How to save money on textbooks

Headline: How to save money on textbooks 

Students at Grand Valley State University know its not cheap to buy textbooks. Coupled with tuition, room and board, and other expenses, textbooks can leave a big hole in students’ pockets. And, considering that many classes require textbooks that are subsequently rarely (if ever) used, it’s hard to justify spending a few hundred dollars on books every given semester. However, if you do your textbook shopping right, you can save yourself some extra money. See the list below for some money-saving tips. 

1. Steer clear of the bookstore

While the bookstore is a good campus resource, it doesn’t offer the lowest prices around town. If your book is offered elsewhere, check around before you buy. GVSU even offers a price comparison tool online when you look up your textbooks, so you can search around to find the cheapest deal. A few good places to look would be Chegg, or even Brian’s Books, located directly off campus. 

2. Rent 

Renting textbooks is a much cheaper alternative to buying. The only downside is you can’t sell your textbook back at the end of the semester, but the price difference almost always makes it worth it. Renting books has become a very popular option for students over the last few years, and most online/in-store textbook stores offer this budget-conscious option, too. So, when in doubt, rent it out.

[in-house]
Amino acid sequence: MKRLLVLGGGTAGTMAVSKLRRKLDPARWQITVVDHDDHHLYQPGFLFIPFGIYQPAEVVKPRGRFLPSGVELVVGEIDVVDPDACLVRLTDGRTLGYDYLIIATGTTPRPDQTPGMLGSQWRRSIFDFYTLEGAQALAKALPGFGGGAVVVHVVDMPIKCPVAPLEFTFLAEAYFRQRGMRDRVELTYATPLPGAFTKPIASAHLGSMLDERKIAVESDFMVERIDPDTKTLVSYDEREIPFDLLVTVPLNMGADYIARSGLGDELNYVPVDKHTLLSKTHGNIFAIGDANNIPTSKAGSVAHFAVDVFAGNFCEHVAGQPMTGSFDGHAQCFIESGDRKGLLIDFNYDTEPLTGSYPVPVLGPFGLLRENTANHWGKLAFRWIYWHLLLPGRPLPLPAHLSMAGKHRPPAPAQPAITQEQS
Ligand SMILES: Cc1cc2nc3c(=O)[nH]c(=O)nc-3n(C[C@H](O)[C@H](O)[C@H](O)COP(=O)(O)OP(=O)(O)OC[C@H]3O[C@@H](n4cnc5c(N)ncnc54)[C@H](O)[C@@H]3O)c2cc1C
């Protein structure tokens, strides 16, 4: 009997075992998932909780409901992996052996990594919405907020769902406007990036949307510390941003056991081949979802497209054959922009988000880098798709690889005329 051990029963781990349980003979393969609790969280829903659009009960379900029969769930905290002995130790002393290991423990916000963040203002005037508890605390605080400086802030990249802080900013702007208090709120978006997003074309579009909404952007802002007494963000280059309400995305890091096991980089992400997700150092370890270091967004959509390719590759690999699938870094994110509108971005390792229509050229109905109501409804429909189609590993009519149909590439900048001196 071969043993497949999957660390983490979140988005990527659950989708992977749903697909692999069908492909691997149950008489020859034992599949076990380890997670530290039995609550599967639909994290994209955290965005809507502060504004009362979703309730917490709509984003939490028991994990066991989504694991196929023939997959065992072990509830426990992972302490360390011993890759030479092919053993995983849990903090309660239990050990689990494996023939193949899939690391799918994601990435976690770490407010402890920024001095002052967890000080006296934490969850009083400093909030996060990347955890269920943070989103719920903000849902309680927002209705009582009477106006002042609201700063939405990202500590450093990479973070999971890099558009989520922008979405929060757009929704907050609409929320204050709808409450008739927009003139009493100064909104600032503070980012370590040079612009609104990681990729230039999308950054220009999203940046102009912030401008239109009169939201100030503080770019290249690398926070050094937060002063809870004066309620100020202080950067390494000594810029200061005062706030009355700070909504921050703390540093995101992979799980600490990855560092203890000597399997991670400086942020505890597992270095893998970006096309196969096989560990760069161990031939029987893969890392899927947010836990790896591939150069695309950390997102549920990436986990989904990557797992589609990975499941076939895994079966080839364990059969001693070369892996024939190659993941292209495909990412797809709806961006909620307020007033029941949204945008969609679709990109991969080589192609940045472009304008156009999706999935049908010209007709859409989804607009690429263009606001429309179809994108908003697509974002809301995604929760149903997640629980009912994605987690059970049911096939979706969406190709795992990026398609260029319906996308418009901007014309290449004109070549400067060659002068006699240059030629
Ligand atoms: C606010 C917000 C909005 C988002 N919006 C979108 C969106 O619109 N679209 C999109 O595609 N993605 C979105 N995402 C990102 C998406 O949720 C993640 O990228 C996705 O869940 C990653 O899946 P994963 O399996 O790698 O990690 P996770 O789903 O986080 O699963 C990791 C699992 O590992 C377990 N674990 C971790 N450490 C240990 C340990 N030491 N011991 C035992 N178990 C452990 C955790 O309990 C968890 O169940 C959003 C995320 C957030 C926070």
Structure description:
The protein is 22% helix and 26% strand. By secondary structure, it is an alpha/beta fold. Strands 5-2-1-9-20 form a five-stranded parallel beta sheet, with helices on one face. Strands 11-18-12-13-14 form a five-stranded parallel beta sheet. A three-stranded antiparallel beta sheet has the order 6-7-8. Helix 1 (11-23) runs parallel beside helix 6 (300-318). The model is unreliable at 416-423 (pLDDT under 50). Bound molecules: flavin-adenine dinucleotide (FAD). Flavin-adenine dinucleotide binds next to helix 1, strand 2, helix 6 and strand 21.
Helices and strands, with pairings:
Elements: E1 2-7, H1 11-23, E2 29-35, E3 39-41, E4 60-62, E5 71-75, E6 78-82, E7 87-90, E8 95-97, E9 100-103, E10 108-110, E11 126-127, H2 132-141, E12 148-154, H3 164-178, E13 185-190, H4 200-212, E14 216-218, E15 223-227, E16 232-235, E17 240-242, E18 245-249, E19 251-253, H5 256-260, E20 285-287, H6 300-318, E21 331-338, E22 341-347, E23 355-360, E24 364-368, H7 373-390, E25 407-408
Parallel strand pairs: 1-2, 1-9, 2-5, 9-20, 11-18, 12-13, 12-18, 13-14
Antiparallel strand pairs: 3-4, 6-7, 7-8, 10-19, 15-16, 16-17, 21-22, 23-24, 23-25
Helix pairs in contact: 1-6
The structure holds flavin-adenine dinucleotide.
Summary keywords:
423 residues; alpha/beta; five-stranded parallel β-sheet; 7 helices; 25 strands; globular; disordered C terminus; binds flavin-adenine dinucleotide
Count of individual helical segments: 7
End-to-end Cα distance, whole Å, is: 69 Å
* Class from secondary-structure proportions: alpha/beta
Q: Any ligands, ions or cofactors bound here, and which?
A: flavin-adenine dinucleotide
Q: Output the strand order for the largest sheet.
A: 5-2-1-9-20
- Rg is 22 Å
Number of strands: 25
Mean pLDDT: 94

3. Go for online books

E-books, or books offered in an online format, are available at a much lower price than the physical text. Many online services have adapted to students’ needs: You are able to take notes, highlight and bookmark pages in most online books today. Chegg, Redshelf and are all services that offer e-textbooks. This makes it easier on students, too, who won’t need to lug around a heavy backpack full of books all day. 

4. Share with a classmate

One way to save money is to share books with classmates. If you have a class with someone you know, it’s not a bad idea to go in on a book together. This only works in some cases, however, because it can be difficult to ensure everyone gets equal time with the book. Determine if this option is smart by looking at your syllabus; if you are going to be using the book throughout the week, it may not be a great choice. If you are only going to be consulting it once in a while, though, this may be the best option for you.

5. Buy used books

This is a great line of advice for saving money on textbooks. Unless you are purchasing a book that has an online code or a reason you absolutely need to purchase new, buy used. When people think of used books, they often conjure up images of torn pages and sloppy pen marks, but used books are frequently presented in good or even like-new condition. You may get lucky and buy a used book with some helpful annotations and strategic highlighting, too.